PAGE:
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Just how cheap and easy are the muckity-mucks of the Bushist Party? How much scratch does it take for a high official of the Regime to overrule his own intelligence officers and support the Potomac Empire’s propaganda line? What’s the going rate for selling out the United States Constitution and throwing in with the fomenters of aggressive war?
That’s what the Busha Nostra paid Thomas Rider, director of the Department of Energy’s intelligence agency in "bonuses" for services rendered in the mendacious maneuvering toward war, Paul Sperry of the archconservative WorldNet Daily reports.
Rider was named acting head of DOE’s intelligence service shortly before the Regime rolled out what White House chief of staff Andrew Card called, with admirable candor, the Bushist’s "new product": a "pre-emptive" war against Iraq. The PR campaign kicked off in September 2002–because "from a marketing point of view, you don’t introduce new products in August," Card helpfully explained to the NY Times.
One key to the kick-off was a gathering of intelligence brass from throughout the government to put together a "National Intelligence Estimate" on Saddam’s weapons of mass destruction. (They were still talking about "weapons," not "programs" or "materials" back in those innocent days of yore.) The report was slapped together at top speed: Congress was due to vote in October on Bush’s demand for a blank check to kill thousands of swarthy Arabs whenever he took the notion, so the NIE had to be ready soon–and it had to be really, really scary.
The Energy Department, of course, was expert in nuclear matters, and its voice would carry great weight when considering evidence that Saddam was preparing a mushroom-cloud casserole for the heartland of the Homeland. There was only one hitch: Energy’s senior intelligence officers agreed there was no such evidence. Whatever evil dreams might lurk in Saddam’s heart, they said, he had not "reconstituted his nuclear weapons program."
But Rider, a longtime "human resources" bureaucrat with zero experience in intelligence matters, had not been plonked down in this important post just to whistle Dixie–or to listen to a bunch of silly-billy experts. He had a job to do–and had already received a little pre-meeting sweetener bonus of $7,500 to do it. When the experts came forth with their analysis of the White House warmongers’ bogus evidence, Rider responded in true Bushist style: he told them to "shut up and sit down."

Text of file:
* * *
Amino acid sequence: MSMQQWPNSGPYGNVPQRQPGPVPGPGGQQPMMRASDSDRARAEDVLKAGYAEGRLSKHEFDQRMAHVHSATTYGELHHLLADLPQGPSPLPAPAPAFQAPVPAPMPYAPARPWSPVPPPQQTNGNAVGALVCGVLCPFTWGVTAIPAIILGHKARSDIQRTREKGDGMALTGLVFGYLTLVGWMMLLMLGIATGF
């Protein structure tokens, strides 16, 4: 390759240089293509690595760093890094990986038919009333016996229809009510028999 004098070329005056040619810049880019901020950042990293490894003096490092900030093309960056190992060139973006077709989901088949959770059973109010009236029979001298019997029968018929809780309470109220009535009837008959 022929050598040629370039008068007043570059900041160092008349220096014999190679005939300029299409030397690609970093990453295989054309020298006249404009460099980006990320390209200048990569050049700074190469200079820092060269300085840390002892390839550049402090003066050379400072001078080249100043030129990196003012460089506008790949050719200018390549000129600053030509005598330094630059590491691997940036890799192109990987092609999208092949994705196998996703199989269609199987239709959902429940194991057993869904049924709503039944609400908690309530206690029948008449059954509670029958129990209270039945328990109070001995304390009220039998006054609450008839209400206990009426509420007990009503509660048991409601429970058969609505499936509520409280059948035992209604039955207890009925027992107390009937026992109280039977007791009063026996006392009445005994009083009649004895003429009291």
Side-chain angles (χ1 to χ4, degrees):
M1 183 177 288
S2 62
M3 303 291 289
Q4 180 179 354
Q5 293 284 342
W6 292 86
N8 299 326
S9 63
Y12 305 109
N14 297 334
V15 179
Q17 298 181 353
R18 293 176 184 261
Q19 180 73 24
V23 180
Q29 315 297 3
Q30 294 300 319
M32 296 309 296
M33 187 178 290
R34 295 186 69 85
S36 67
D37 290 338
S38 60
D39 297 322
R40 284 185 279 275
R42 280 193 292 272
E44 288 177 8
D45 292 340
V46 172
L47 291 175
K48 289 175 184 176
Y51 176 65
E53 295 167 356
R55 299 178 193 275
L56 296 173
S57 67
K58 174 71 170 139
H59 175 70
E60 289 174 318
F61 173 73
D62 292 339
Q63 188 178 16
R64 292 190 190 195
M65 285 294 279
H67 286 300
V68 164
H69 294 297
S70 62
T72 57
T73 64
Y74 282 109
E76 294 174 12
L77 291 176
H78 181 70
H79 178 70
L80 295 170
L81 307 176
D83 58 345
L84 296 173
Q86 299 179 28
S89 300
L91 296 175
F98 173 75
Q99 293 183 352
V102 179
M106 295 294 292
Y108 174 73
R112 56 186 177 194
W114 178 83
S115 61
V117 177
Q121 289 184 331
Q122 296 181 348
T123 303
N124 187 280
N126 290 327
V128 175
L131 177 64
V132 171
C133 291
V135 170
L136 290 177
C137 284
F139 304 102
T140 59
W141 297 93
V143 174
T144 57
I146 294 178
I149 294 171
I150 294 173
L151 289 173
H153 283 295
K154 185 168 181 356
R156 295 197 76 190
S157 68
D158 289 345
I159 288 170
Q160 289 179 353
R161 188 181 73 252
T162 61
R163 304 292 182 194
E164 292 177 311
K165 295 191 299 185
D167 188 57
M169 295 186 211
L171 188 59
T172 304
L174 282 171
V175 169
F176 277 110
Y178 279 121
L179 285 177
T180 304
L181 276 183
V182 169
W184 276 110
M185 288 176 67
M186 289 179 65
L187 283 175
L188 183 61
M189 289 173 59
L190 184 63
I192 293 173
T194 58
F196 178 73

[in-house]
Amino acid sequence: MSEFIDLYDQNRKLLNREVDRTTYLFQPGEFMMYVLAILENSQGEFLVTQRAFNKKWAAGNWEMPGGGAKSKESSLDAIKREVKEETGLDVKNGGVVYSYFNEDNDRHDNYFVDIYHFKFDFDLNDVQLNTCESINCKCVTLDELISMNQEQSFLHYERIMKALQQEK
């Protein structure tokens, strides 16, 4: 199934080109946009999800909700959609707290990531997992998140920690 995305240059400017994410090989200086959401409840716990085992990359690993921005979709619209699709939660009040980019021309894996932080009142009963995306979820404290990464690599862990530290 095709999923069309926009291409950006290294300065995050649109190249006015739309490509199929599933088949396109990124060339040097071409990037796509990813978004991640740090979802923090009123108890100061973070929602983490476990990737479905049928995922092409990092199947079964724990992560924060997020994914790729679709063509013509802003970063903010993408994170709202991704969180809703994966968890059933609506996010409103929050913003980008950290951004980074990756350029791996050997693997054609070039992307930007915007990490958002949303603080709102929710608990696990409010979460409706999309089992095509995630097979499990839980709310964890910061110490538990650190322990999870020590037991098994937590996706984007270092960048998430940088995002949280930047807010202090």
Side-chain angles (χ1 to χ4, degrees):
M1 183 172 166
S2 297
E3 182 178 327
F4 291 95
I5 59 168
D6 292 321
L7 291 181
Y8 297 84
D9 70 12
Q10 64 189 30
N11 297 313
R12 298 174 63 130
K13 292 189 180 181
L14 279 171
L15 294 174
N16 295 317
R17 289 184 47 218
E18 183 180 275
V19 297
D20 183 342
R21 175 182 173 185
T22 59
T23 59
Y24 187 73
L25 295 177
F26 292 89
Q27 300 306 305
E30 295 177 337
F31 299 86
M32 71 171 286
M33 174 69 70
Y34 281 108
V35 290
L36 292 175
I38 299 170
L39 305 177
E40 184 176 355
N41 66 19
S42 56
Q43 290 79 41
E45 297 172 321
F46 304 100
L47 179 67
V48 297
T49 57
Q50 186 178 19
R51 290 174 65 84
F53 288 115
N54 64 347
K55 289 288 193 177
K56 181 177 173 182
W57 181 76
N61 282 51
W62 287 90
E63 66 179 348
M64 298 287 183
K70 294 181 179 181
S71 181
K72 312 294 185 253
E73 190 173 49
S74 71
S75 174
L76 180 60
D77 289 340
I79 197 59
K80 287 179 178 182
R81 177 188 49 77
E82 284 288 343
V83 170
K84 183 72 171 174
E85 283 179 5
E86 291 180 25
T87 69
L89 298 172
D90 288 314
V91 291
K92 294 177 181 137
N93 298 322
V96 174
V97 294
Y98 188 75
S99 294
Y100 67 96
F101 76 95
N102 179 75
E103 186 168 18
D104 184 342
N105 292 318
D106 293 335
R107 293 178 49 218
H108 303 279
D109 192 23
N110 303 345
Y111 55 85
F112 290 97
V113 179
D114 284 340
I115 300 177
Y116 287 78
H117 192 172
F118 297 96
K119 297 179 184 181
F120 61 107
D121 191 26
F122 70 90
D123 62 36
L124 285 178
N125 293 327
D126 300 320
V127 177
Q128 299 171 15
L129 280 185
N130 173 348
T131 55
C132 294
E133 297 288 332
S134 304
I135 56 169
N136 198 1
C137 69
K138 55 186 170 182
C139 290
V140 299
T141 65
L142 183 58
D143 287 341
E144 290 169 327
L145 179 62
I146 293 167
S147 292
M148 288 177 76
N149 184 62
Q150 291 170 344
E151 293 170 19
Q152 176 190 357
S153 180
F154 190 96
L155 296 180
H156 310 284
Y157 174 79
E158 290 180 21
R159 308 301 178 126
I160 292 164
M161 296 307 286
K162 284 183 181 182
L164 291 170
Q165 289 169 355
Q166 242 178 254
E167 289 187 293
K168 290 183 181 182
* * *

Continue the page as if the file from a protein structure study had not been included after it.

So the Energy Department threw its official weight behind the nuclear claims of the NIE, which was then duly forwarded to the trembly time-servers in Congress–who couldn’t wait to abandon their solemn constitutional duty to declare war (or not). They sent their slavish submission to the Supremely Appointed One, begging him to do as he pleased, whenever he pleased, with that big bad mushroom-man across the sea. The rest, of course, is history. (Or would be history, if the Bushists and their beavering sycophants in the national media didn’t spend so much time revising it.)
Rider, too, was history. Having done his solemn unconstitutional duty, the clueless placeman was paid off with an additional $13,000 "performance bonus" and sent out to graze on other government pastures. All in all, a remarkable bargain–especially when you consider that the Regime paid $30 million for the whack on the two Hussein brothers, while Rider played a key role in the death of thousands of innocent civilians in an unjust war. Who knows? By the time the Bushist looting party has wrung its last cent out of Iraq’s national wealth–using America’s own soldiers as sitting-duck decoys for the old Potomac bait-and-switch–the pay-off to Rider might turn out to be as cheap as a dollar a head.
Hey, these Regime guys weren’t CEOs for nothing!
Of course, Rider’s tale is but a sordid little sidelight in the global Grand Guignol that Bush is staging for the entertainment and enrichment of his extremist clique. But it’s an instructive example of how these particular racketeers operate: public service and private profit are viewed as a seamless (not to mention seamy) whole. And when truth will not serve their purposes, they are more than happy to lie–and pay–to get what they want.
This salient point should be remembered as the Regime rolls out a brand-new "product" come September: its report on the search for Saddam’s elusive WMD. The CIA hired former UN weapons inspector David Kay, one of the most gung-ho drumbeaters for the war, to find, well, something in Iraq: plans, pop-guns, vats of goo–anything that might be massaged into a one-day headline for the credulous mouthbreathers in the media ("White House: We Found WMD!"), before, like those fabled "trailers of mass destruction" Bush once cited so definitively, it all dissolves in a back-page mist of hedging, qualification, retraction and debunking.
It goes without saying that Kay is not exactly a disinterested party. Until last fall, when he went to work as an "independent" consultant touting the Bush war "product," Kay was vice president of Scientific Applications International Corporation, a secretive high-tech defense company that pockets billions of Pentagon dollars–and is hip-deep in the Iraq conquest. Any conclusion by Kay that discredits the Bush war would erode SAIC’s bottom line–not to mention the credibility of a certain well-paid drumbeater named David Kay. So there will be no such conclusion.
As always, it’s a rigged game–the only kind these jokers ever play.
CHRIS FLOYD is a columnist for the Moscow Times and a regular contributor to CounterPunch. His CounterPunch piece on Rumsfeld’s plan to provoke terrorist attacks came in at Number 4 on Project Censored’s final tally of the Most Censored stories of 2002. He can be reached at: firstname.lastname@example.org